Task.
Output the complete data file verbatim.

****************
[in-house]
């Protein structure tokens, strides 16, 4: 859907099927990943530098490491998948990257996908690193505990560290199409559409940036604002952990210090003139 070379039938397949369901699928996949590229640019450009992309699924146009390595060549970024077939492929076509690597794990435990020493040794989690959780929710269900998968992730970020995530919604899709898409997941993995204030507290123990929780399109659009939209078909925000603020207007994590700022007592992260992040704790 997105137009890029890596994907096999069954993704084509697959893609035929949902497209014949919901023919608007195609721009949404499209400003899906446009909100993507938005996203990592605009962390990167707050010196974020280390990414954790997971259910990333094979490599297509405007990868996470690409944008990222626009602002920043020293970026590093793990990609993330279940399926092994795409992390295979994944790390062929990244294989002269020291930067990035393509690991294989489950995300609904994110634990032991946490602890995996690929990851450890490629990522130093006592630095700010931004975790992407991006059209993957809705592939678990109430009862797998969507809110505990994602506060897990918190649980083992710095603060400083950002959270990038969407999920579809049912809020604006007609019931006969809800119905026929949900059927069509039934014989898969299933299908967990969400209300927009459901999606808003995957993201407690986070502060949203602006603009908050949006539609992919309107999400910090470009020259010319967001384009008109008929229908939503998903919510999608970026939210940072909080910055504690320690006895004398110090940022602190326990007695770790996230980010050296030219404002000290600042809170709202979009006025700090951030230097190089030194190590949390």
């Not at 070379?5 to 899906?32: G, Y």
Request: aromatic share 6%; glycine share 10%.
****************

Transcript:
[in-house]
């Protein structure tokens, strides 16, 4: 859907099927990943530098490491998948990257996908690193505990560290199409559409940036604002952990210090003139 070379039938397949369901699928996949590229640019450009992309699924146009390595060549970024077939492929076509690597794990435990020493040794989690959780929710269900998968992730970020995530919604899709898409997941993995204030507290123990929780399109659009939209078909925000603020207007994590700022007592992260992040704790 997105137009890029890596994907096999069954993704084509697959893609035929949902497209014949919901023919608007195609721009949404499209400003899906446009909100993507938005996203990592605009962390990167707050010196974020280390990414954790997971259910990333094979490599297509405007990868996470690409944008990222626009602002920043020293970026590093793990990609993330279940399926092994795409992390295979994944790390062929990244294989002269020291930067990035393509690991294989489950995300609904994110634990032991946490602890995996690929990851450890490629990522130093006592630095700010931004975790992407991006059209993957809705592939678990109430009862797998969507809110505990994602506060897990918190649980083992710095603060400083950002959270990038969407999920579809049912809020604006007609019931006969809800119905026929949900059927069509039934014989898969299933299908967990969400209300927009459901999606808003995957993201407690986070502060949203602006603009908050949006539609992919309107999400910090470009020259010319967001384009008109008929229908939503998903919510999608970026939210940072909080910055504690320690006895004398110090940022602190326990007695770790996230980010050296030219404002000290600042809170709202979009006025700090951030230097190089030194190590949390």
């Not at 070379?5 to 899906?32: G, Y």
Request: aromatic share 6%; glycine share 10%.